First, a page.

‘DoveLion:’ Another novel about a fictional Philippine dictator

DoveLion is the pseudonym of Filipino poet Jose Garcia Villa.

By Allen Gaborro

In the realm of poetry, Eileen R. Tabios has been as creative and prolific as any of her contemporaries going back almost 30 years. Like a fine wine, her poems have over time become more evolutionary and evocative from the first moment Tabios put them on paper.

“DoveLion: A Fairy Tale for Our Times” is one of Tabios’s recent productions. Indeed, it is her first novel. Her poetic prowess is on full display in the book. Veritably in “DoveLion”, Tabios never loses her poetic rhythm, pathos, and talent for heartfelt and existential interiorization as she flies in contradistinction of orthodox literary renderings. 

“DoveLion”—the title being a play on the pseudonym of Filipino poet Jose Garcia Villa—is a story about Elena Theeland, a poet no less, whose palpable sense of calling to mind what has come to pass in her life is articulated in the tone of a cautionary line: “We are all fragile—without memory, we are nothing.”

Theeland’s reminder carries with it her family’s efforts to bring down the autocracy in the invented state of Pacifica. Memory for Theeland remains undissipated towards that end as she forwards a lamentive refrain, “Once upon a time, a dictator made me an orphan.” 

She speaks of the father who lost his life while resisting “The Dictator,” a plausible allusion to Philippine strongman Ferdinand Marcos. In an ironic turn, Theeland is accompanied and abetted by the son of a Central Intelligence Agency agent, Ernst Blazer. Theeland’s relationship with Ernst is ironic because the latter’s father is cast as being guilty of her own father’s demise. 

But there is much else besides the dramatic tension between Elena Theeland and Ernst Blazer, not to mention the freedom-versus-tyranny polarity in “DoveLion.” Thematic threads, some subtle, some overt, such as Philippine history and culture, the will to remembrance, foreign imperialism, amorous pursuits, and a harking back to premodern paradigms, run movingly and pensively through Tabios’s sinuous novel.

Eileen Tabios: A beguiling poetical writer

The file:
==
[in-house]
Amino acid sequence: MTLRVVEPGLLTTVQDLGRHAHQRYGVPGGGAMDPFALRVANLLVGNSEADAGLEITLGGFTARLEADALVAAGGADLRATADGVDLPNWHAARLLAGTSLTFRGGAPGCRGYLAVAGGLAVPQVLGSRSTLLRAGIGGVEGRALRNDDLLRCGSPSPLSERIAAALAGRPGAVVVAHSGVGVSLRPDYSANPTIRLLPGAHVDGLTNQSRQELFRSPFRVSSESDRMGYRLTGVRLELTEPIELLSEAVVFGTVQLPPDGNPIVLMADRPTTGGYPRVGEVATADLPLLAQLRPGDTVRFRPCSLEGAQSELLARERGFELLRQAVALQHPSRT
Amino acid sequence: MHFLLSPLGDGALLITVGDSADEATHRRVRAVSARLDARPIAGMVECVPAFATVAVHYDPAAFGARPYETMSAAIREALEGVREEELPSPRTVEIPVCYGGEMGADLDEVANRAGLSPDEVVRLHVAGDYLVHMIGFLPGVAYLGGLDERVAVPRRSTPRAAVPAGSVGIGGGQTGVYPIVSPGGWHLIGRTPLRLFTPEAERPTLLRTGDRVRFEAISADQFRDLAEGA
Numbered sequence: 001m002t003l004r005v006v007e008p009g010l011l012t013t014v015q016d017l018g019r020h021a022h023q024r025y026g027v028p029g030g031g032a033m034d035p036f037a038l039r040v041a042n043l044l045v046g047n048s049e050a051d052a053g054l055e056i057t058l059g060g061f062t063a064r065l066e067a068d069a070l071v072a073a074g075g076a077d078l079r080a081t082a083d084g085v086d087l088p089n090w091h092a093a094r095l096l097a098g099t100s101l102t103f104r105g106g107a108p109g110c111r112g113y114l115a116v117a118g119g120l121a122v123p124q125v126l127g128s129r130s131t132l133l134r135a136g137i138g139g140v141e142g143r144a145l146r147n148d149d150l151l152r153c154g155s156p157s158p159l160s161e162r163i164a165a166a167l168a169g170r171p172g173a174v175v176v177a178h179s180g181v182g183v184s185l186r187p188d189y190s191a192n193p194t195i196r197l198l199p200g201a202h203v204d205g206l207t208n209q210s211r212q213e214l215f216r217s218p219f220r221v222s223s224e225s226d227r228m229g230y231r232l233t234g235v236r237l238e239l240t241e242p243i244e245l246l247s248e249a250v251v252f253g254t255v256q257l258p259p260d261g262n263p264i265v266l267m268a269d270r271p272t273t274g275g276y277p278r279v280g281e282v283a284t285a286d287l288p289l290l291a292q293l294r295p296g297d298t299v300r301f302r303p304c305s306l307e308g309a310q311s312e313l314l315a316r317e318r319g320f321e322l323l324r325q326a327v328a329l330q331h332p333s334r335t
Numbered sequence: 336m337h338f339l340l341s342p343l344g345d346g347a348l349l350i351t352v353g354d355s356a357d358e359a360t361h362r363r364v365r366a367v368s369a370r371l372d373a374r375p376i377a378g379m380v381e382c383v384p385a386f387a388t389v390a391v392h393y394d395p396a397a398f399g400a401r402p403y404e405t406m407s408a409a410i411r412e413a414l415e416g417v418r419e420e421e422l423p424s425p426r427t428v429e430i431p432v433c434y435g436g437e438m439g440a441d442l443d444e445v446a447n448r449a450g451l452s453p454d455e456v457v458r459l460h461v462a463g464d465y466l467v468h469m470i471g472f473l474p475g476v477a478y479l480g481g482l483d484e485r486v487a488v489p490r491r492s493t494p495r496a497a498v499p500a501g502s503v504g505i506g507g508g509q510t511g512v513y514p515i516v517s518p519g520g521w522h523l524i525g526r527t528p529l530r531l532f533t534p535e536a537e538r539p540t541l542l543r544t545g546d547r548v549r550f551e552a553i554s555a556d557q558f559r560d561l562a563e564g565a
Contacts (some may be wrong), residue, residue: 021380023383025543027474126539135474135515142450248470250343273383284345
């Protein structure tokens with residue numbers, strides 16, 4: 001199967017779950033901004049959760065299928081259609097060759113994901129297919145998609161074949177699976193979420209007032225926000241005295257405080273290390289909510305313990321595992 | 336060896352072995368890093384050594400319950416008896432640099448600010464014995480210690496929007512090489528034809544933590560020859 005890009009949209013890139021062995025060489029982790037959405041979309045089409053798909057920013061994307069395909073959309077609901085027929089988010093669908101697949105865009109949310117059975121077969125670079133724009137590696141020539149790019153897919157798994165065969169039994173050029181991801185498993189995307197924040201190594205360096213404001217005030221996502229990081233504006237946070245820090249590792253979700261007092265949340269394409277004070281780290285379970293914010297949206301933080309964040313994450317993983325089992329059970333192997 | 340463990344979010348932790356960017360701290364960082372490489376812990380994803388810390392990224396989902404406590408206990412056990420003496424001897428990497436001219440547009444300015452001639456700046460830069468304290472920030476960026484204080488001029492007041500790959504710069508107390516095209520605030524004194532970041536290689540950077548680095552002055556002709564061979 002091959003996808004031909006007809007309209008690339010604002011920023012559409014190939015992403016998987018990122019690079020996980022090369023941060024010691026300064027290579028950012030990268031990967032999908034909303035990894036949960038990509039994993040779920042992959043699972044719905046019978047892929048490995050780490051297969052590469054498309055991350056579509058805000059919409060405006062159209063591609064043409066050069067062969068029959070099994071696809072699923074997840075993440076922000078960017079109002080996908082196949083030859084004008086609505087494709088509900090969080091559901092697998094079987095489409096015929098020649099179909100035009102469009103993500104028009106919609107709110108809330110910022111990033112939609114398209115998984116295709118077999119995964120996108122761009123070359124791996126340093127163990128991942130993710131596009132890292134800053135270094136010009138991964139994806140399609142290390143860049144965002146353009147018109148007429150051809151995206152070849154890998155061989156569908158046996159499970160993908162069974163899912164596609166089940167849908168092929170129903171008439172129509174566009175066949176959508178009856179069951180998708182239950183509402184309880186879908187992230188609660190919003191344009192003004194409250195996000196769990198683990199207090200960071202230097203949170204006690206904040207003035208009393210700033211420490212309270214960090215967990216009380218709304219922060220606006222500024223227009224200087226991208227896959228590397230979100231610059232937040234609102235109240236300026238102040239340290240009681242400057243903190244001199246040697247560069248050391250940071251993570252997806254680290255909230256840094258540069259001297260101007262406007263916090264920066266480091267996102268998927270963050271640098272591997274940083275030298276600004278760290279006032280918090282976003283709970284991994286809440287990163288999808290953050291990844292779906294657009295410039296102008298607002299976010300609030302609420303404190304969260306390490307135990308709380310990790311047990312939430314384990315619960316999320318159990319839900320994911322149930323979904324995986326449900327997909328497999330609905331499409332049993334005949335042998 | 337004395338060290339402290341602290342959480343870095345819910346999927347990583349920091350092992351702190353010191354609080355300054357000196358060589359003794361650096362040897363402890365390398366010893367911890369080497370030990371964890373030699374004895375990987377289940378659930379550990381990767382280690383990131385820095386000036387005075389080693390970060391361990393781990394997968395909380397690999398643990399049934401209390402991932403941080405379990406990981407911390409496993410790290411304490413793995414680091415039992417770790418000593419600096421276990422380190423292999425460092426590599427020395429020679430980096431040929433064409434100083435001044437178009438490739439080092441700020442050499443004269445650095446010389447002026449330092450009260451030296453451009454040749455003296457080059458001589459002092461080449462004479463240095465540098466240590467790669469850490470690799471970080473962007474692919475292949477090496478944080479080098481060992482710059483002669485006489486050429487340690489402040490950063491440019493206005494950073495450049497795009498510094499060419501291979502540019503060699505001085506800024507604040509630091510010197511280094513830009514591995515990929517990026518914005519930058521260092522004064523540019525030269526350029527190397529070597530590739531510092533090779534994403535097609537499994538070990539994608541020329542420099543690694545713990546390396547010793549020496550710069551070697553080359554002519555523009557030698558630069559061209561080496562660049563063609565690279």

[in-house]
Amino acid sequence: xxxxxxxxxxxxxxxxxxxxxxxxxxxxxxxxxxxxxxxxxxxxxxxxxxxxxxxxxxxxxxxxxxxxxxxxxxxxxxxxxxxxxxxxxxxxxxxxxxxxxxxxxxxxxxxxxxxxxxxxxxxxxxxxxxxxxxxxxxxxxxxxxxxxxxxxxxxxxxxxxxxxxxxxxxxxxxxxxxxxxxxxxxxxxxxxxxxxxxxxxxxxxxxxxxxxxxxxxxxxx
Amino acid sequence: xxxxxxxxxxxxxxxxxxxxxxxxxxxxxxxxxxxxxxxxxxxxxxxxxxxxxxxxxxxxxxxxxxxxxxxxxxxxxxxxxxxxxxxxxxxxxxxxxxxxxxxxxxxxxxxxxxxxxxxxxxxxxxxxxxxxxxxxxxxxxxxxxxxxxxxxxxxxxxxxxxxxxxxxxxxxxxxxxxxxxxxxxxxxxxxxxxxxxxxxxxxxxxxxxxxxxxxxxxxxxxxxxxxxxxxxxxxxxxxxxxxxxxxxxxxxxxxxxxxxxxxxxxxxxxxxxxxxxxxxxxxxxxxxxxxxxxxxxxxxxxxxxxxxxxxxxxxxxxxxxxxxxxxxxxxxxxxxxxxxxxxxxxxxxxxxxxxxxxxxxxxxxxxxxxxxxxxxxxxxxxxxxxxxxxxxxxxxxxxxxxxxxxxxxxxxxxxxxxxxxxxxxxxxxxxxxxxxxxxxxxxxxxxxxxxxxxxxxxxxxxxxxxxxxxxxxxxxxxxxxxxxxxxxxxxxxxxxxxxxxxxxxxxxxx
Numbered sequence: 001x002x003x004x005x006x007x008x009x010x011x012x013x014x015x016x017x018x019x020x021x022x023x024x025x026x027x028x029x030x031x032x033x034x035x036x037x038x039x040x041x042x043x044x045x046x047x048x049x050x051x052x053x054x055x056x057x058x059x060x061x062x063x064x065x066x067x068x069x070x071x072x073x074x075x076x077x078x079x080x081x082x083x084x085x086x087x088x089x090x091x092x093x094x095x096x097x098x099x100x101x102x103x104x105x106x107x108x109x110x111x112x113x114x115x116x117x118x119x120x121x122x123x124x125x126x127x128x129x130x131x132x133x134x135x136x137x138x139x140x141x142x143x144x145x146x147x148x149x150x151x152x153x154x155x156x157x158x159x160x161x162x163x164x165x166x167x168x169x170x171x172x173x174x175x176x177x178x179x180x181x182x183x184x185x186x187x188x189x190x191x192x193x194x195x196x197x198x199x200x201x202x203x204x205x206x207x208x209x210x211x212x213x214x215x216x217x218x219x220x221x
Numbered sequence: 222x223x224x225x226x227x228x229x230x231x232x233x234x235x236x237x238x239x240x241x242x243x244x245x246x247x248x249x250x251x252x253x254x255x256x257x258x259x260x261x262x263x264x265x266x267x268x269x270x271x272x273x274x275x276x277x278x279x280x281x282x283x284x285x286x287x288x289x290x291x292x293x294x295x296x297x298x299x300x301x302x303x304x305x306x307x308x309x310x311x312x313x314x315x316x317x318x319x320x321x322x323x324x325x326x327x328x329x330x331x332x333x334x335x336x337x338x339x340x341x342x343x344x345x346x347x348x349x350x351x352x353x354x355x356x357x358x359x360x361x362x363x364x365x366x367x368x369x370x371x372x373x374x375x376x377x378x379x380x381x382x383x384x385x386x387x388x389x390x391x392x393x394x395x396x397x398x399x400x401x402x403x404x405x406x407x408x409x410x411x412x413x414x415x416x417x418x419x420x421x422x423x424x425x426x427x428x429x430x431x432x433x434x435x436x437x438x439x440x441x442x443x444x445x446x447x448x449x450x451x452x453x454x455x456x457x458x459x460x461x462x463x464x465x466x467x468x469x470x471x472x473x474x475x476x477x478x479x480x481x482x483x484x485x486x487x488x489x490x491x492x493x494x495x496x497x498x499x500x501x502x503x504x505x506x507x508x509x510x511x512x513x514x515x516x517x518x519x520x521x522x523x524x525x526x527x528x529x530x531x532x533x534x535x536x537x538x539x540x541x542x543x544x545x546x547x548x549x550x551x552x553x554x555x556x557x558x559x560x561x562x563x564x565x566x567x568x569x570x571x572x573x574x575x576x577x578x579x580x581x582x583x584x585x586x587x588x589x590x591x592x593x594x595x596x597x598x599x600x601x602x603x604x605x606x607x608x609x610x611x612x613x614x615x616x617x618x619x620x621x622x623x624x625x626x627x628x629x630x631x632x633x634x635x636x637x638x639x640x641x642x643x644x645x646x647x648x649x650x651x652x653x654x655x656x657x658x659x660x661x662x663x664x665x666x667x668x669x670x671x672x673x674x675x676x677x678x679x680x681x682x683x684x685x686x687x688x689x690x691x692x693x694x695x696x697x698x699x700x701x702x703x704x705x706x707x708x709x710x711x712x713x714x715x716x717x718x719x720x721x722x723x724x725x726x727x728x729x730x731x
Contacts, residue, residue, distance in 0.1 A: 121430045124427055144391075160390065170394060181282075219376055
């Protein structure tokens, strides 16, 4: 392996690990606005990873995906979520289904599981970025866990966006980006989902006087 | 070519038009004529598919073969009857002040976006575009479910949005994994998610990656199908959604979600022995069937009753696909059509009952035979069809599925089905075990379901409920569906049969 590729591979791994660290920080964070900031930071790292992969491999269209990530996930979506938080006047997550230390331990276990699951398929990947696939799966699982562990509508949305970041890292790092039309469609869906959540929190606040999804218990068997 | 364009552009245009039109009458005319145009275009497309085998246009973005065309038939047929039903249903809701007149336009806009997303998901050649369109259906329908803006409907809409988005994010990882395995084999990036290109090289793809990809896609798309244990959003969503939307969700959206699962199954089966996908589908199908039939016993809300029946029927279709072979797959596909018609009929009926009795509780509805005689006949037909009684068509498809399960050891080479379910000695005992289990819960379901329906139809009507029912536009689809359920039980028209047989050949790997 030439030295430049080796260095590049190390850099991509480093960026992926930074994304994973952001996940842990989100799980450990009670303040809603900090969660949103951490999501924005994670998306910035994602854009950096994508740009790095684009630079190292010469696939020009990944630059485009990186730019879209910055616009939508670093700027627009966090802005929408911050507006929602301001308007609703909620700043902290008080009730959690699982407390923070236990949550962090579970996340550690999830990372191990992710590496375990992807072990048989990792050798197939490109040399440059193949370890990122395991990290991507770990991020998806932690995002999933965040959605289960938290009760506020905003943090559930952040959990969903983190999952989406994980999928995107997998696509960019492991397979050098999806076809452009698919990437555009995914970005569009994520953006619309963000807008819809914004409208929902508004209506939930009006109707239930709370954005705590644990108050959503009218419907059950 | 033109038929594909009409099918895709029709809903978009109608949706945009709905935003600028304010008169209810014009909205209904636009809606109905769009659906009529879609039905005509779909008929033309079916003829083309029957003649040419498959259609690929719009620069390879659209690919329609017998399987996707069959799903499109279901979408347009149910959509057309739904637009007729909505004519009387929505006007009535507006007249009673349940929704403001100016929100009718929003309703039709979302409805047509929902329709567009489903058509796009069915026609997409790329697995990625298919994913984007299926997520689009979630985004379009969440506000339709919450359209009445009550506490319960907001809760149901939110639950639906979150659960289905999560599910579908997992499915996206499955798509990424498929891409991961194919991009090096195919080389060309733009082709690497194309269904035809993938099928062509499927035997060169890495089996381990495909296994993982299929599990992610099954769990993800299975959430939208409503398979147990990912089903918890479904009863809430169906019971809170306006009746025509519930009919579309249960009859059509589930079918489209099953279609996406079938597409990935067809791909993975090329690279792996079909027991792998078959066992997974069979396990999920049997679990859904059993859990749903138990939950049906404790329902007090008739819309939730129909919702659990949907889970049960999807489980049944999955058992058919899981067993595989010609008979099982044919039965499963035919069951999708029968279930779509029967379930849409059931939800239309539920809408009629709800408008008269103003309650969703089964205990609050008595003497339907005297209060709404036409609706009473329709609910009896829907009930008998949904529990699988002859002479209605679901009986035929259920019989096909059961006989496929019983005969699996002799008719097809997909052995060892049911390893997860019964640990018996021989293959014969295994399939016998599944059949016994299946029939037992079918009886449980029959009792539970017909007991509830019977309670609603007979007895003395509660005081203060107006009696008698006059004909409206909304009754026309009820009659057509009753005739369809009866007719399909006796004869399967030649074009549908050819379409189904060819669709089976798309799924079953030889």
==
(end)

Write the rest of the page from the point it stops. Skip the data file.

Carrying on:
There is no question that Eileen Tabios is a beguiling poetical writer. In “DoveLion” she puts together a venerable body of poetic sentences and passages which, strange as it may sound, is at once the book’s strength and weakness. 

Even as Tabios brilliantly exhibits her profound wordcraft, she strays from what would’ve been better off as a more crisply constructed plot. As it is, what could be called “DoveLion’s” plot feels just out of reach, its form and content oftentimes nebulous as a result of consciously or subconsciously making the novel a little too postmodern if you will. 

I have read my share of experimental, boundary-flouting, unconventional authors. So I am not unfamiliar with works that put comparatively less emphasis on formal storytelling and more on the fluid and protean character of language and the heterogeneous perspectivism it can engender.

But I found Tabios’s waxing and waning narrative architecture qualitatively inferior to her compelling diction, utterances, and turns of phrases. To be fair, it’s no simple task for a first-time novelist to seamlessly balance intriguingly supple poetics with a story that is comfortably comprehensible for patrons of fiction.

“DoveLion” does however have a saving grace other than the treasure of its poetry. The book indelibly illustrates the fertile spiritual and emotional struggle and affecting introspection taking place in its text. That’s something that the best of plots cannot accomplish on their own. 

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